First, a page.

Hide or Die


Hide or Die is another innovated co-operative multiplayer horror game. Set in a dark and atmospheric world that's procedurally generated each time you play, Hide or Die sets you and 14 friends on a mission to survive, or give in to the darkness and become the enemy.


Unlike many other asymmetric multiplayer horror games, Hide or Die has created its own unique rules for character progression, advancement between levels, and survival. It also has interesting mechanics like light towers, that give survivors a reprieve from the encroaching darkness.


This indie title seems like one of the most innovative in a gameplay style that's just getting on its feet.


Metro: Exodus


There's some debate on whether the Metro series qualifies as horror. It seems like exploring a world of dimly lit tunnels and vicious nuclear mutants would be pretty terrifying, so for this article, it definitely counts.


Metro: Exodus follows the same story of the first two installments in the series. This time, you'll be venturing out of the tunnel system and into the wastelands of the open world. That means you'll encounter new threats, both from different and dangerous groups of humans and horribly mutated monstrosities. Metro: Exodus looks like it's set to live up to everything fans of the series love.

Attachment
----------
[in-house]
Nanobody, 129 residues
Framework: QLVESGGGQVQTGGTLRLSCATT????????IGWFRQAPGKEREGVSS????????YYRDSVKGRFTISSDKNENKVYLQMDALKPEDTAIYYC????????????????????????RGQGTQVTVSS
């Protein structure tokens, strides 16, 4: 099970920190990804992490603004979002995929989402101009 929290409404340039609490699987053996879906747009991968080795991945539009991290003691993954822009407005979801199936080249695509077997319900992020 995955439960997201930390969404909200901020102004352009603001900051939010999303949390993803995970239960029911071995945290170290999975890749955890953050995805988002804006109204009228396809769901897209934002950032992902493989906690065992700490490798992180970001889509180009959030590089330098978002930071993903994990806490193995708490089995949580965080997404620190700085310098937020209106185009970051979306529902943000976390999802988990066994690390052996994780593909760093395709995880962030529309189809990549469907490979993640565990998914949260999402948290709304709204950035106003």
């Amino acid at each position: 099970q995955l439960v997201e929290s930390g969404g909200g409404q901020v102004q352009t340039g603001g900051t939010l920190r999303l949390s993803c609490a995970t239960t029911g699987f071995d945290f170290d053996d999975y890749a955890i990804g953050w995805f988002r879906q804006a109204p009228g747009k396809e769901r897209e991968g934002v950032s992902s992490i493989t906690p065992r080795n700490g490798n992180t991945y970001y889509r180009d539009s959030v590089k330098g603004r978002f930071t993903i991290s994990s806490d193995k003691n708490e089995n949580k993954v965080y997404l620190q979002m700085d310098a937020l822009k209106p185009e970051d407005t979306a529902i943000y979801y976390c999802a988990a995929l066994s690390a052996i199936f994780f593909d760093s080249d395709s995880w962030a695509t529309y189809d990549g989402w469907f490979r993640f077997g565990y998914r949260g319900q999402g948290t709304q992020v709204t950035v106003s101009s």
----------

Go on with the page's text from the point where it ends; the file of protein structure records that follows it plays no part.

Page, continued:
Someday You'll Return


Someday You'll Return is a psychological horror game that puts you in the shoes of a father who's daughter has run away under strange circumstances. She's disappeared into an ancient forest, the exact forest that you've sworn never to return to.


The game combines real survival elements with the unsettling and horrific, as you search the woods for your lost daughter. The more you uncover, the more you're bound to learn that none of this is really a coincidence. The striking visual and unique game systems make this one of the more promising releases of 2019.


Man of Medan